The NYT catches up with its own story today on this complaint, but never mentions that its original story turned out to be false. The headline still suggests that the case heralds a broader fight against affirmative action on campuses, but offers as much evidence for that as it did for its Tuesday allegation that the DoJ was looking to protect white people, which is to say none at all except reportorial speculation. It’s true that the issues of affirmative action and its impact on Asian-American students have been percolating for quite some time; Minding the Campus, for instance, has been tracking that for several years. However, this is still one complaint involving one specific campus and their outcomes, and the case doesn’t directly challenge affirmative action in general but only its specific application at Harvard.

After the NYT published its highly speculative and arguably debunked article (which they have yet to correct or update, by the way), a number of media outlets swallowed the story whole rather than exhibit some journalistic skepticism about its thin sourcing. As I write in my column at The Fiscal Times, there were plenty of reasons for skepticism — especially on the supposed strategy to attack affirmative action as a means to satisfy Trump’s base:

While the court ruled in Schuette that government was not required to keep affirmative action programs, it then ruled in Fisher last year that affirmative action meets constitutional muster. Justice Anthony Kennedy, writing for the majority, declared that the state of Texas had a “compelling interest that justifies race in college admissions” in gaining “the educational benefits that flow from student diversity.” …

A frontal assault on affirmative action through lawsuits against universities and colleges does not appear to be the most effective or fruitful strategy. Nor does it immediately impact the Rust Belt’s working-class families that form Trump’s base. If the administration wanted to take on affirmative action, they could do so in the executive branch first. In signing an omnibus bill this spring, Trump added a statement that hinted at ending set-asides for gender and ethnic-based grants. Trump could also end set-asides for women and minorities in federal contracts without getting the Department of Justice involved at all. That might have a more direct impact on the voters of Trump’s base, although it might not all be positive.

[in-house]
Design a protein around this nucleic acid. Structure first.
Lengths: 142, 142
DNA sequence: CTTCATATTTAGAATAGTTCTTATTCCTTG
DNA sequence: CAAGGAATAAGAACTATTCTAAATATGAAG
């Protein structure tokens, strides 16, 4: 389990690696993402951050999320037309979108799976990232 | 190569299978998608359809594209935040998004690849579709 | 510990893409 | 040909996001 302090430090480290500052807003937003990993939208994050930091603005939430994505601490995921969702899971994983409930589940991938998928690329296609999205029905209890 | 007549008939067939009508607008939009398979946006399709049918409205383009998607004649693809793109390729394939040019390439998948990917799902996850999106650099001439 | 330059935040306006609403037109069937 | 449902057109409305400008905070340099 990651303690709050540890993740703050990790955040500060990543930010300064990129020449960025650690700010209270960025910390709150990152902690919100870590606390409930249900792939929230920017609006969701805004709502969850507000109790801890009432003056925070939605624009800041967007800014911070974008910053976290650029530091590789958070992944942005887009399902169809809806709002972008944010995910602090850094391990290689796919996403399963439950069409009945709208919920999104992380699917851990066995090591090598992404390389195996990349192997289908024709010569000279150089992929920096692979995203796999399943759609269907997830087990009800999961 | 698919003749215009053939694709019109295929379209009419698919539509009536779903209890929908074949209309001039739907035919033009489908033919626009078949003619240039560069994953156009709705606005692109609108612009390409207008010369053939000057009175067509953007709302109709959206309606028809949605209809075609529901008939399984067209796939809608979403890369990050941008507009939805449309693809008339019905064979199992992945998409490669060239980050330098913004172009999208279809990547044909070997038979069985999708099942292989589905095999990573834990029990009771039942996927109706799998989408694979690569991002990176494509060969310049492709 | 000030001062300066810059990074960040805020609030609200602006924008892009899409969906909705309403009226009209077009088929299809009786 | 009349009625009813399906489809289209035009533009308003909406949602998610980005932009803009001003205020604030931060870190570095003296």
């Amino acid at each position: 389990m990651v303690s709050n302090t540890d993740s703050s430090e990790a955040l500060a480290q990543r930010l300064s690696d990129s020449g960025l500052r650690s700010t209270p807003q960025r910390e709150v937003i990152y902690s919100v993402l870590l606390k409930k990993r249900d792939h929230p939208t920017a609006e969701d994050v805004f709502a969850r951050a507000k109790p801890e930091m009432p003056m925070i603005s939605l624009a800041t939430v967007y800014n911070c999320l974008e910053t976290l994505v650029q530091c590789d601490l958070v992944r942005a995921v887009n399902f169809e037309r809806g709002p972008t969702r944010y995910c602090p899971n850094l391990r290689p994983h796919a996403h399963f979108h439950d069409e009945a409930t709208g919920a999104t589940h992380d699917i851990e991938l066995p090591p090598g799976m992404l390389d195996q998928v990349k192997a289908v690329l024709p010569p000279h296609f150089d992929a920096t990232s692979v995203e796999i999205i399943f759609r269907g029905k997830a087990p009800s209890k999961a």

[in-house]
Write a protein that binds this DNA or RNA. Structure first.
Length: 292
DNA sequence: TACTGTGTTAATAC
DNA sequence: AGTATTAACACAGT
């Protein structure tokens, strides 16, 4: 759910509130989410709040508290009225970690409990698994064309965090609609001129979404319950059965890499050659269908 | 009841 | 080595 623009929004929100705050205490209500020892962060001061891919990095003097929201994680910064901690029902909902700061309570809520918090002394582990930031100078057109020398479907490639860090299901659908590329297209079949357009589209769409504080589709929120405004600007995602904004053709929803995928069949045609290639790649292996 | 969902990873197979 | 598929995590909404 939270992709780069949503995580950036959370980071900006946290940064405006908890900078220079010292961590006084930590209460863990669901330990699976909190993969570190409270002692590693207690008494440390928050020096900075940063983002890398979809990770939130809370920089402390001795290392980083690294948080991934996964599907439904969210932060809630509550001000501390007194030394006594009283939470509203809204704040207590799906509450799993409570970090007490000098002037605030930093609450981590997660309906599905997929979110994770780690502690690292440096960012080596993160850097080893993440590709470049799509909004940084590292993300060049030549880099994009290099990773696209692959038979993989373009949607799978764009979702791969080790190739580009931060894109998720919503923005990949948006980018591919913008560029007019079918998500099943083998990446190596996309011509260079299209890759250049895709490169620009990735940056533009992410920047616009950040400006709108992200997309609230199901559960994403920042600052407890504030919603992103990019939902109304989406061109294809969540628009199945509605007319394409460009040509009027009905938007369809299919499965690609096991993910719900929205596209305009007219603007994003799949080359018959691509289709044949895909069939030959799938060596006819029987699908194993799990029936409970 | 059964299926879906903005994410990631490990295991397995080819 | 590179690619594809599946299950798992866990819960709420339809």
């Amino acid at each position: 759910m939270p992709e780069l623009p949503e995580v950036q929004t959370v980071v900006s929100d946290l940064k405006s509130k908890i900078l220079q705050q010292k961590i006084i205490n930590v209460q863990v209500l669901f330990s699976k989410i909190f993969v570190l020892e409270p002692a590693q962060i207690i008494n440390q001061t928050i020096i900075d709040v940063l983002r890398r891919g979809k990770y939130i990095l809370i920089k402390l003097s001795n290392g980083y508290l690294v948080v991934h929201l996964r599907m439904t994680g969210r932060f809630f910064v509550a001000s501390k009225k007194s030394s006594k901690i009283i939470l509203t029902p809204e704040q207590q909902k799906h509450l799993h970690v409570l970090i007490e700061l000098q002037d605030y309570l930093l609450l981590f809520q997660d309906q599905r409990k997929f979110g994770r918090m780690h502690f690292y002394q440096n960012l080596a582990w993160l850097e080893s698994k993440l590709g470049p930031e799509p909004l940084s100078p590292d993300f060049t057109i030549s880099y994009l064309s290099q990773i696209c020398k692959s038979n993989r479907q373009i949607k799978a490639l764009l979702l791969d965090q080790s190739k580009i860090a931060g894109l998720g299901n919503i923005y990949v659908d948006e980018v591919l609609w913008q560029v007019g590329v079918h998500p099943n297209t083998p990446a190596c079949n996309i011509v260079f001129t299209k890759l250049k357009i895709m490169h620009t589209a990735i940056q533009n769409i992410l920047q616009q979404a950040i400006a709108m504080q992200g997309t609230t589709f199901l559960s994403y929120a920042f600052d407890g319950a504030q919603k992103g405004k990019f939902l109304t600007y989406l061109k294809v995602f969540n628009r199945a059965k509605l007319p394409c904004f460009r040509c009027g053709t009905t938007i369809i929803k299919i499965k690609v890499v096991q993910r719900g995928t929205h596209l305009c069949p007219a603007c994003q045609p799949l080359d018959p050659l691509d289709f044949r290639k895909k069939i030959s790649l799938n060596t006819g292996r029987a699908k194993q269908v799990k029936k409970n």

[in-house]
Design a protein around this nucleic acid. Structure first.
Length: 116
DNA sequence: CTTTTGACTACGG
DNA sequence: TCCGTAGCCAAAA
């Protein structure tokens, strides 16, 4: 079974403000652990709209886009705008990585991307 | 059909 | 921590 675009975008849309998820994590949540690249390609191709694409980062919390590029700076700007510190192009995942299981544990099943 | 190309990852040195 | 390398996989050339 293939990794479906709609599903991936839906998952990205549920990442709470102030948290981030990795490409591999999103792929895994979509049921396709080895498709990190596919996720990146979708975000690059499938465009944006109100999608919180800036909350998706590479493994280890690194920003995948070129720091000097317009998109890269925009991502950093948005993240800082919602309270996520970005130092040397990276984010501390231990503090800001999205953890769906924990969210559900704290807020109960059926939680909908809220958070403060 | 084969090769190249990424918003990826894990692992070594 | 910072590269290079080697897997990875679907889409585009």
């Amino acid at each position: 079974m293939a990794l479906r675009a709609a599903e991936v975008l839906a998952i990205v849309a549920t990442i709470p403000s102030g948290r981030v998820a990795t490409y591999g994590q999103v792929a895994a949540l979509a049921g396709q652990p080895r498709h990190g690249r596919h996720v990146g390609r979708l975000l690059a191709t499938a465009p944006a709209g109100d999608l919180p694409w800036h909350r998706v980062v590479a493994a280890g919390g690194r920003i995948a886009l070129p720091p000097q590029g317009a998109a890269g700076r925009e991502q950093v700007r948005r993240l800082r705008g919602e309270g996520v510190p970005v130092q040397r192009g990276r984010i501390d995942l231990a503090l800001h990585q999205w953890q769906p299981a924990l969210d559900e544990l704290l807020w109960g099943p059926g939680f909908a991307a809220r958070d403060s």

An even more popular approach with those voters would be to rein in the Equal Employment Opportunity Commission (EEOC), which has recently expanded its traditional mandate from discrimination against women and minorities to transgender status, gender identity, and sexual orientation. The EEOC’s website notes that the merit rate for complaints in FY2015 was only 18.1 percent, suggesting that the expanded mandates are not capturing a lot of actual injustice. That approach would also avoid tinkering with the DOJ’s Civil Rights Division, and might address frustrations from smaller business owners more directly.

There’s another reason for some healthy skepticism, too. If the Trump administration planned to take on affirmative action as a means of firing up its base, they would have announced those efforts themselves rather than rely on The Times to figure it out from an obscure job posting.

Those options would certainly set off alarm bells too, but they’d be less vulnerable to legal challenges, as Schuette proves. In the future, perhaps media outlets will spend less time speculating about grand strategies from a single job posting and report on what’s actually happening, so we can have debates about reality rather than fantasies.

By the way, it’s not just Trump’s base who thinks that affirmative action in academic admissions is an anachronism. Check out this Survey USA poll on the topic, in which over three-quarters of respondents believe that all applicants should be treated the same, no matter which ethnicities get paired off against each other. Where did this poll take place — the South, the Rust Belt, or the Midwest? How about … San Francisco?

A whopping 72 percent said state universities should treat all applicants the same regardless of background.

Just 14 percent say certain populations should get preferential treatment.

In the Bay Area, only 10 percent think race should be a factor in admissions.

And that’s from a poll taken the day that the story blew up as a supposed Trump-administration abomination.